P S Bawa, director general of police, Sikkim, who ought to have retired last month, has got a year's extension. As have R V Pillai, secretary-general, National Human Rights Commission and Sankar Sen, director-general (investigations), in the same commission. Foreign Secretary Salman Haider, too, was given a year's extension.And cabinet secretary Surinder Singh, already on a year's extension,is pressing hard for further one year extension. Singh had tried in vain to get the Vajpayee cabinet to extend the retirement of age of government servants from 58 to 60 years.

The two-faced Alphonos

The controversial Delhi development official, K J Alphonos, I A S, now under suspension for breach of his service rules, has clearly learnt a thing or two from the very politicians he so freely reviles. Following his suspension, he asserted in press interviews that he had said nothing wrong in "making predictions about the post-poll scenario, all of which have come true". The press lapped it up without bothering to go through his signed article in a Delhi newspaper in which, inter alia, he had said that the then prime minister Narasimha Rao "was most corrupt and wore khaki knickers under his dhoti". No one recalled that remark while giving the publicity-hungry Alphonos front-page coverage on his suspension.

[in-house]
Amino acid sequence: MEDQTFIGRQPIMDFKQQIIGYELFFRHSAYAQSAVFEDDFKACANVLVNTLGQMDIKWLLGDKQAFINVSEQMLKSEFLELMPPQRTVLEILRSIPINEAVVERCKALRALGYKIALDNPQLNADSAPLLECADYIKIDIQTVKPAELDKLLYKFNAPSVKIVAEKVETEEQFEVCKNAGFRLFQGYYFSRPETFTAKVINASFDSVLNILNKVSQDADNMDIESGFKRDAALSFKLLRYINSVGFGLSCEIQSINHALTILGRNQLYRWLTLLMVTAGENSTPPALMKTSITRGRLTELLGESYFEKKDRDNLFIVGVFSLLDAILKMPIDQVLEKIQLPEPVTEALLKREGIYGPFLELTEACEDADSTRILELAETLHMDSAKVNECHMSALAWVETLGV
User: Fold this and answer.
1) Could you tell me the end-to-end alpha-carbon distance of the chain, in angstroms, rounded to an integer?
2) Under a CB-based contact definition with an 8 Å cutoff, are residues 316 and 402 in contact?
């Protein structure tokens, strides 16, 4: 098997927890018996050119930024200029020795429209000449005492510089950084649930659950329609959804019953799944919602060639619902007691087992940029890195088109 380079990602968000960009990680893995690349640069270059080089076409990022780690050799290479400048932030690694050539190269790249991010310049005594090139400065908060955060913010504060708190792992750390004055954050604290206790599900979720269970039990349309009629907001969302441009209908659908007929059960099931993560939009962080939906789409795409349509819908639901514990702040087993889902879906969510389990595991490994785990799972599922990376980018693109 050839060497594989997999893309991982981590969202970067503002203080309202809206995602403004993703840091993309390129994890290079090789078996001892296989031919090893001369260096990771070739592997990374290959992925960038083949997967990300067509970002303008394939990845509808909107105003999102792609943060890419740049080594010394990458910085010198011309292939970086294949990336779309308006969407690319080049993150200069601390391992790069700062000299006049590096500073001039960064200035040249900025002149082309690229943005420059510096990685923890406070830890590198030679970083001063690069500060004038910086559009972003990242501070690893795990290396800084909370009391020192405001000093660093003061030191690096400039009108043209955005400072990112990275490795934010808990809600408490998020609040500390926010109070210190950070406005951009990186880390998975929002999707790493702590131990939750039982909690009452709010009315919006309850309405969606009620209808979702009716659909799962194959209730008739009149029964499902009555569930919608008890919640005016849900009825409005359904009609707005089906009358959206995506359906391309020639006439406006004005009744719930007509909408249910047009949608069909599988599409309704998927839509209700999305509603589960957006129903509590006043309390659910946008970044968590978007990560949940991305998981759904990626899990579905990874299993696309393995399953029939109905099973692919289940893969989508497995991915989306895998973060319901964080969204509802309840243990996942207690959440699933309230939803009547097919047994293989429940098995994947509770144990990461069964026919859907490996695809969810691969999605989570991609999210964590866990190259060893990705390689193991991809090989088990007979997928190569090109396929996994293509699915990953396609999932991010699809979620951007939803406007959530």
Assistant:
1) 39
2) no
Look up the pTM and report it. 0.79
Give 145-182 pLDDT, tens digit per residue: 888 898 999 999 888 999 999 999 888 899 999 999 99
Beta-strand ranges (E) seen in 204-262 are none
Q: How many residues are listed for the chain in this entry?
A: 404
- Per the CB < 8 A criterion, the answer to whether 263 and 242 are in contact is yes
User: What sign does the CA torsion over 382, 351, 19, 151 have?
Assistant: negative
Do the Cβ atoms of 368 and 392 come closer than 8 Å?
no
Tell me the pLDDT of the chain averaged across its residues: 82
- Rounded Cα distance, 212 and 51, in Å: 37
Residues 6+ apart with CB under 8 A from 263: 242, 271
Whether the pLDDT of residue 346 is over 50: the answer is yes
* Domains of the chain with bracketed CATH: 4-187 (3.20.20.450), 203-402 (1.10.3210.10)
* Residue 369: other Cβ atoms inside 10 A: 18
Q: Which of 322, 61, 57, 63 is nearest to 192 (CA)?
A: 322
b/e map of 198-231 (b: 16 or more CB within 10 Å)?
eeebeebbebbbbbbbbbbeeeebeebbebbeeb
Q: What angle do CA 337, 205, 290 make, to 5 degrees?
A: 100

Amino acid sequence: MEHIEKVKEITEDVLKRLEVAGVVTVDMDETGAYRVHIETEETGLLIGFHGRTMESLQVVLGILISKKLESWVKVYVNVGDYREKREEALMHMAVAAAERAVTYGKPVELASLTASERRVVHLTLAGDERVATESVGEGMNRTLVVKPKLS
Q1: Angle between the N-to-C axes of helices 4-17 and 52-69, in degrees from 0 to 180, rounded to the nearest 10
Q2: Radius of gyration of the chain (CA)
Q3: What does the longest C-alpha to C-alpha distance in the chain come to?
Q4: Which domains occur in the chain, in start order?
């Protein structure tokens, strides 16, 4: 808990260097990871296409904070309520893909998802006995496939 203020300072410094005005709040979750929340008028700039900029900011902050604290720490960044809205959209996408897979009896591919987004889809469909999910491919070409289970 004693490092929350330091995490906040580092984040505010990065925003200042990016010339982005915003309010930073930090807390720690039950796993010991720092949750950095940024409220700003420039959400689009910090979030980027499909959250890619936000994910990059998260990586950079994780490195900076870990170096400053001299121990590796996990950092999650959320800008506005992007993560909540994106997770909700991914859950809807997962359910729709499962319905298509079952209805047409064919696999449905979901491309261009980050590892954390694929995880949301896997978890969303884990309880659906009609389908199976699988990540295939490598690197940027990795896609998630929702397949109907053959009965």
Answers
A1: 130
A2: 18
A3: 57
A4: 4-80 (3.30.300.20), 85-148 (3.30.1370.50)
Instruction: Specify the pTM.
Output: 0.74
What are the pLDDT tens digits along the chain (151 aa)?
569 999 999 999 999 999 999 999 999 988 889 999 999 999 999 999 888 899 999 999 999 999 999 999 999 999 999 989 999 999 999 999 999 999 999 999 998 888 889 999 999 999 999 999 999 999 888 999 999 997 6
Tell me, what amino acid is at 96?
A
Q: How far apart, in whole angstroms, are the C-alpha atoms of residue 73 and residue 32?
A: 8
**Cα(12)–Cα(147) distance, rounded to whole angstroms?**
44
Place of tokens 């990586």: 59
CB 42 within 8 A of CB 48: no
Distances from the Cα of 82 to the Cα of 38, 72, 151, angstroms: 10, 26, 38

But the same Alphonos, far from being defiant, had responded to the show-cause notice in supplicatory terms blaming it all on journalists who twisted his stray remarks. His reply did not, for once, fool his seniors.

A Bihari tale

Phoolan Devi may be in news, considering the unconventional methods she is using to assert her position as a member of parliament. But it is Kanti Singh, (left) minister of state with the independent charge of coal, who has caused much heartburn in the ranks of the United Front.

Her reported proximity to Janata Dal president and Bihar Chief Minister Laloo Yadav is the subject of much salacious comment. It seems that soon after she had become a state legislator, Yadav took her in a helicopter to another part of the state. While boarding the chopper, Yadav told the pilot, "Khub gummiaya ihi ko. Hum ko kuch dekhva to mili hai hawa maien (Take us for a spin. In the swirling wind, may be I will get to see something.)."